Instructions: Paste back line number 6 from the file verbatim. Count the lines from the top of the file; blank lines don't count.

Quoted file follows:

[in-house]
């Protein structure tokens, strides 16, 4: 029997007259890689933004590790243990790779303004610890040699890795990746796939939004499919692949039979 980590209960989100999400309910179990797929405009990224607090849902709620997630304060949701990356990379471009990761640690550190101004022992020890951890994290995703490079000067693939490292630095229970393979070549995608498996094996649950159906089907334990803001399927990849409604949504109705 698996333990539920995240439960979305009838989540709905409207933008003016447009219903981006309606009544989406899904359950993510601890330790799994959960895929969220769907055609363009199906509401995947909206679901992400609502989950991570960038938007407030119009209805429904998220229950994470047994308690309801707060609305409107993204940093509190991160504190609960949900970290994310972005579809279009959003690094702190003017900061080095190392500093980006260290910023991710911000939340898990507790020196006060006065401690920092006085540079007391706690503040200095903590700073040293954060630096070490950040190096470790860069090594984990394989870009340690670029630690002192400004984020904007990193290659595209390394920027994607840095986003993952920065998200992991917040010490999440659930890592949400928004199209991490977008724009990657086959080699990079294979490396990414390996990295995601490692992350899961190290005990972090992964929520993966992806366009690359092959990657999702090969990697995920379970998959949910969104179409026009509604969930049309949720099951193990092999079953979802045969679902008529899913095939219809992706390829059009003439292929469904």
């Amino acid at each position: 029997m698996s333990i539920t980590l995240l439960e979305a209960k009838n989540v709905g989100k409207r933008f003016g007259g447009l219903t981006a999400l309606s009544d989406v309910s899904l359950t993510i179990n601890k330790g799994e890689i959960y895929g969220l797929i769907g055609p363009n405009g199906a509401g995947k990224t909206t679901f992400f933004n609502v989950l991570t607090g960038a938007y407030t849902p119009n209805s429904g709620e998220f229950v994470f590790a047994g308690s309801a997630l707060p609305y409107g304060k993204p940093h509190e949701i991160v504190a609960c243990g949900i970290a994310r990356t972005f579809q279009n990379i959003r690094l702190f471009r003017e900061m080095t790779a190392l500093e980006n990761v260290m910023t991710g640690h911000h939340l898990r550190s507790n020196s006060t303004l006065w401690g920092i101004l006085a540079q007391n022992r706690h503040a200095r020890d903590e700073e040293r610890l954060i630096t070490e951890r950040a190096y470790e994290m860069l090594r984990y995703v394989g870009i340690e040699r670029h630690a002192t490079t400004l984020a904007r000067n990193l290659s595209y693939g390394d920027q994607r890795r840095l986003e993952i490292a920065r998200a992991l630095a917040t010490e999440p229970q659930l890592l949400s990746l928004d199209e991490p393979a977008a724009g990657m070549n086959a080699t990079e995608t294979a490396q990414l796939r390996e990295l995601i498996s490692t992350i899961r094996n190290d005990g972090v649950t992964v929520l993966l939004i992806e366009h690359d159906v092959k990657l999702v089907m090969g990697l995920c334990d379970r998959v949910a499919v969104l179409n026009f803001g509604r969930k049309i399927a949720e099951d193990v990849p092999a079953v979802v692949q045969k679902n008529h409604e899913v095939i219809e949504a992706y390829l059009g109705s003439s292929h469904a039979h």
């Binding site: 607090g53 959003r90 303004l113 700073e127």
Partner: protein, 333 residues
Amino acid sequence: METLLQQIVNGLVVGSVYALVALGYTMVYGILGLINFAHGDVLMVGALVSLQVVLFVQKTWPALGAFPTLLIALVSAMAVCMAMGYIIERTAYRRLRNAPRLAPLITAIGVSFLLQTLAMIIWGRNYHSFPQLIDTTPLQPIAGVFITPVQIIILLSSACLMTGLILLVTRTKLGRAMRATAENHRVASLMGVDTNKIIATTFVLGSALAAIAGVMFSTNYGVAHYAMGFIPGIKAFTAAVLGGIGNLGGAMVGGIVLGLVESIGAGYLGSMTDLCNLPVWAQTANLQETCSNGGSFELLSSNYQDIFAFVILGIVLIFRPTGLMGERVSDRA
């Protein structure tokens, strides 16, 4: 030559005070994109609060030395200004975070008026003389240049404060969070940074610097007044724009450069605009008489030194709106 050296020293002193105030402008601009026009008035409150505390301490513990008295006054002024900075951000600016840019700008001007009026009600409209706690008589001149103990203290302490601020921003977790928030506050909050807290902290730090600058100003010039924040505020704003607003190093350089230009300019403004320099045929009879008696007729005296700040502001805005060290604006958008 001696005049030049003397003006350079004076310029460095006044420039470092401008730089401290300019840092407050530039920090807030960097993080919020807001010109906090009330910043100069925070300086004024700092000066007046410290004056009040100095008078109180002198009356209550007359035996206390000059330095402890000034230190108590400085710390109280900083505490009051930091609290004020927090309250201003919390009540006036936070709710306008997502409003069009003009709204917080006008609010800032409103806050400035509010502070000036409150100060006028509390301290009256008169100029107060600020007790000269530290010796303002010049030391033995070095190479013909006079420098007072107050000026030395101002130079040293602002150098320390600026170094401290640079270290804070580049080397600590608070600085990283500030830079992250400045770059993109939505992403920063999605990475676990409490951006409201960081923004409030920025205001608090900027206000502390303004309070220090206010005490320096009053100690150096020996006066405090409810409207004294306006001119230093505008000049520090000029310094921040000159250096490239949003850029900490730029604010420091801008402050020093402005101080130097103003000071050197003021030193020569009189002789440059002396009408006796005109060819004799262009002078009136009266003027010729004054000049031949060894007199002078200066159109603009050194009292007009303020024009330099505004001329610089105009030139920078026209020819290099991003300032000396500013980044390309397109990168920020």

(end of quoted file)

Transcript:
Amino acid sequence: METLLQQIVNGLVVGSVYALVALGYTMVYGILGLINFAHGDVLMVGALVSLQVVLFVQKTWPALGAFPTLLIALVSAMAVCMAMGYIIERTAYRRLRNAPRLAPLITAIGVSFLLQTLAMIIWGRNYHSFPQLIDTTPLQPIAGVFITPVQIIILLSSACLMTGLILLVTRTKLGRAMRATAENHRVASLMGVDTNKIIATTFVLGSALAAIAGVMFSTNYGVAHYAMGFIPGIKAFTAAVLGGIGNLGGAMVGGIVLGLVESIGAGYLGSMTDLCNLPVWAQTANLQETCSNGGSFELLSSNYQDIFAFVILGIVLIFRPTGLMGERVSDRA